Fan attendance is down across the board at MLB ballparks for a fourth year in a row and it’s gotten so bad in Miami that the Marlins draw less per night than a AAA team in Las Vegas.
According to figures released by Major League Baseball, the average attendance of 26,854 per game in 2019. That figure is down 1.4 percent from last year’s average of 27,242. That 2018 number marked the lowest attendance since 2003.
The combination of terrible teams, outdated stadiums, rising prices, and stiff competition in the entertainment sector are among the reasons why attendance dipped.
At least 19 MLB teams are suffering from lower attendance figures than last year. Several MLB teams are setting all-time low attendance records. The largest attendance drops are in Tampa Bay, Baltimore, Detroit, and Toronto.
The biggest gains in attendance are directly correlated with free agent signings. The Philadelphia Phillies and San Diego Padres experienced an uptick in season ticket sales and overall attendance. The free agent signings of Bryce Harper in Philly and Manny Machado in San Diego boosted sales for those franchises.
Games are progressing at a faster pace after MLB instituted new rules to speed the game up between a warm up shot clock to the reduction of mound visits. But baseball games are still the slowest in the major professional sports in America.
Too Many Bad Teams
When teams are bad, fans rarely come out. Doesn’t matter if your team has a cool or newish stadium. If the team stinks, who wants to pay for it?
MLB.tv is a great way to follow your favorite team, especially if you live outside their market. MLB.tv subscriptions are up 8 percent, which is good news for the MLB. But it’s minor factor in lower attendance figures. MLB.tv is still subject to local blackout restrictions.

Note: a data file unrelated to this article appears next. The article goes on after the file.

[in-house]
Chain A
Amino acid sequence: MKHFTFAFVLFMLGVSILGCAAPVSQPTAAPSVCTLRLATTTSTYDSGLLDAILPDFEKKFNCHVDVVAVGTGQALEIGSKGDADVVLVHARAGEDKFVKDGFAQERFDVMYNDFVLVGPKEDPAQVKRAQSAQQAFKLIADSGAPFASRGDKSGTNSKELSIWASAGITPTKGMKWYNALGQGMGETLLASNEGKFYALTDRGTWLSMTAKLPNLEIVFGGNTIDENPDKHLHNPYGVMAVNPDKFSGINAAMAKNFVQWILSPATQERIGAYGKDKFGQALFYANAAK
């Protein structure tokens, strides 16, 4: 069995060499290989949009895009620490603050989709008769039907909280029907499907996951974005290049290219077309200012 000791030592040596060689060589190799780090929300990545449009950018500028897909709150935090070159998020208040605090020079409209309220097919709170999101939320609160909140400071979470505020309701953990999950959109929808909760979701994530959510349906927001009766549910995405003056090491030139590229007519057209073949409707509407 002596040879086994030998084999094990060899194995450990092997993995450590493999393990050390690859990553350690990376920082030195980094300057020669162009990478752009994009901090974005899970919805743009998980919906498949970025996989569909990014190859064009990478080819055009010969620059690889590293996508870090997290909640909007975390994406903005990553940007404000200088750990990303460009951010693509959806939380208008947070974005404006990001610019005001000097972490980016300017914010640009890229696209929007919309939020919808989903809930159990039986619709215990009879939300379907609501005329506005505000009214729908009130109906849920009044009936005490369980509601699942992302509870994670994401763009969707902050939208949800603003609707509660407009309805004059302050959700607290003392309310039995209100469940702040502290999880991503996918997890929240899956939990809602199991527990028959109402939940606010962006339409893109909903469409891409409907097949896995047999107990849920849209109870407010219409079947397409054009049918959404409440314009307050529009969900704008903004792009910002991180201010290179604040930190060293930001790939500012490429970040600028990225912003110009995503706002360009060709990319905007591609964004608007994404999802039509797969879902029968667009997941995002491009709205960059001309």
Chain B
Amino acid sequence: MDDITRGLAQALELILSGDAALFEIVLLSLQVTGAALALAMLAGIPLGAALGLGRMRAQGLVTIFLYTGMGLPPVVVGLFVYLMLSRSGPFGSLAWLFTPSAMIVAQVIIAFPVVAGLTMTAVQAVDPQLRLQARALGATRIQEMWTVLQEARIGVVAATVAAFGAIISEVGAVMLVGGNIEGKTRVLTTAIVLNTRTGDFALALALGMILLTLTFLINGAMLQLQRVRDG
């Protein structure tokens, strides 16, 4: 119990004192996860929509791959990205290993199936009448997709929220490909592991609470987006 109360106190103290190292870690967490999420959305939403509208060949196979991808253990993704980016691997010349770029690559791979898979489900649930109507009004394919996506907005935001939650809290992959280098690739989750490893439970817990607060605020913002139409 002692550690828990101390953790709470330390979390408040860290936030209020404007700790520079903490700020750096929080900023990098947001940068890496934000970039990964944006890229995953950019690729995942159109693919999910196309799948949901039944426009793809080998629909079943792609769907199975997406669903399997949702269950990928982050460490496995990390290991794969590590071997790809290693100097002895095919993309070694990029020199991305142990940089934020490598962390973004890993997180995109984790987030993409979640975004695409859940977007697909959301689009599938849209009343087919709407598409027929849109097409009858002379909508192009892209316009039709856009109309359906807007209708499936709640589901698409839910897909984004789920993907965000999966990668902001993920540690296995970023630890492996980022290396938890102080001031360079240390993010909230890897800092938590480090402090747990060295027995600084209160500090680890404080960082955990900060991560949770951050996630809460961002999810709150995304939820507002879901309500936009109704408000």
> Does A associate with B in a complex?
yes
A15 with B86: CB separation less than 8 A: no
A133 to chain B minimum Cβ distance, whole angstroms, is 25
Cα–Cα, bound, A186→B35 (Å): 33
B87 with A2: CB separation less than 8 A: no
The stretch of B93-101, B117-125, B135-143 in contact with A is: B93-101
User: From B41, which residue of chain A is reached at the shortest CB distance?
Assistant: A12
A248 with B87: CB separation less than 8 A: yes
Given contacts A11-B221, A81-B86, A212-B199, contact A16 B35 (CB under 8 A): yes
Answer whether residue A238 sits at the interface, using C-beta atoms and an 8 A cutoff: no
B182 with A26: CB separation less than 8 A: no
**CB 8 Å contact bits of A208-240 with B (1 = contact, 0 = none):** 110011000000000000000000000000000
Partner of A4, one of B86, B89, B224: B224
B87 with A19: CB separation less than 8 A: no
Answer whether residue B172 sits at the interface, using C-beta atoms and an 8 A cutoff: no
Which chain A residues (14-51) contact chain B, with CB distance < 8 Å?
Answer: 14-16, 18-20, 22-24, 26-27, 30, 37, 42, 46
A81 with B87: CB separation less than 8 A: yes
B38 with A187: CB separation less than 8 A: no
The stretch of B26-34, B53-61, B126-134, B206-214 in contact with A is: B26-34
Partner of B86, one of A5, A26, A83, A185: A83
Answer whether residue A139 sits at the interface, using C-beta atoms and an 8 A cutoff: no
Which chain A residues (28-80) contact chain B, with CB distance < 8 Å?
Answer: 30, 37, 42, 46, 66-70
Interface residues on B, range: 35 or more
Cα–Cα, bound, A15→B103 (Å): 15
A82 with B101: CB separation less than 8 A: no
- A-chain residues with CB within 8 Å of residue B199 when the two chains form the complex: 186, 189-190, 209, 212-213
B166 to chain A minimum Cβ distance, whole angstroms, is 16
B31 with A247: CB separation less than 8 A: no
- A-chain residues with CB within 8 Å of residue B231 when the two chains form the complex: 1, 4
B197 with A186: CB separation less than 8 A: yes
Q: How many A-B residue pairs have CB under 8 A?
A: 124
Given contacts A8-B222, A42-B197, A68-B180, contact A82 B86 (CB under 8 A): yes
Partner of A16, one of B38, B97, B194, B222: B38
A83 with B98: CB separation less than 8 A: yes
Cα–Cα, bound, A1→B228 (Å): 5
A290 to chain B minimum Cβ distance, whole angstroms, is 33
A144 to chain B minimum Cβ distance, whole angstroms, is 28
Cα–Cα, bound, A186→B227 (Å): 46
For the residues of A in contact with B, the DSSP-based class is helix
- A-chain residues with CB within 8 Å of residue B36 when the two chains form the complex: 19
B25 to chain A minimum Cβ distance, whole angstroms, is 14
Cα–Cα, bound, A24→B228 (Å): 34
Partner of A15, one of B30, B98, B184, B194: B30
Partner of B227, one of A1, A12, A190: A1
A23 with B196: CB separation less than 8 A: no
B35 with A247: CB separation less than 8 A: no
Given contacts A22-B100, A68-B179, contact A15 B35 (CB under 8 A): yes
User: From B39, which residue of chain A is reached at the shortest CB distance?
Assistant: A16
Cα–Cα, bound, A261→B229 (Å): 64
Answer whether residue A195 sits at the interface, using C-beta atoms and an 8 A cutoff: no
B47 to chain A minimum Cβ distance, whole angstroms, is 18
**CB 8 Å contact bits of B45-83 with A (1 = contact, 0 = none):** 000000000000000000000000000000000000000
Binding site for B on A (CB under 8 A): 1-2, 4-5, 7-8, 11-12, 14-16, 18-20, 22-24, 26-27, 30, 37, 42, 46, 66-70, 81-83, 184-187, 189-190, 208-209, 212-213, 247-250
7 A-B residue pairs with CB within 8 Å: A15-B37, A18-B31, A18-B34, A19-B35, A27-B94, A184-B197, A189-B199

The NBA is trying to figure out ways how to prevent teams from tanking and losing on purpose to secure a higher draft pick. This year’s NBA Draft Lottery screwed over teams that were trying to tank all season. Only the New York Knicks were able to secure one of the actual top-four lottery spots with the New Orleans Pelicans securing the actual top pick.
For the last few decades, small market teams have been underspending on the free agent market. Miserly team owners are not willing to break the bank to make a legitimate run at the postseason. Sounds almost like the plot to “Major League” than real life.
The Miami Marlins are the perfect example of the broken system. Year after year, management trades away top talent, or allow free agents to sign with other teams. You knew it was going to be a long season when Derek Jeter and the Miami Marlins held a press conference to release the team’s new color schemes and uniform colors, instead of news about signing a top free agent.
How bad is it in Miami? The Marlins are averaging 9,554 fans per game. Meanwhile, the AAA Las Vegas Aviators is averaging 9,582 in a stadium with 10,000 capacity.
What’s Wrong with Tampa?
The Tampa Bay Rays jumped out to a hot start this season. They were in first place for the first six weeks of the season before the Replacement Yankees caught the Rays to seize first place. Despite the Rays boasting one of the best records in baseball in the first quarter of the season, the team is setting new attendance lows.
The other night, Tampa set a new record for fewest number of paid fans with 5,786.
“The more people there are, the more energy there’s going to be,” said Tampa Bay outfielder Kevin Kiermaier. “No matter what crowd you’re playing in front of, you have to get motivated.”
The Tampa Rays have their own identity issues. Their outdated stadium is located in St. Petersburg, which is located on the other side of the bay from downtown Tampa. Between traffic and poor mass transit options, getting to games is a hassle.
Between the Marlins and the Rays, the Florida franchises are among the worst teams in the MLB as far as attendance goes.
In the 1989 baseball movie “Field of Dreams“, a voice told Kevin Costner, “If you build it, they will come.” Thirty years later, simply having a stadium is not enough because fans are not coming out to watch Americas favorite past time like they used to.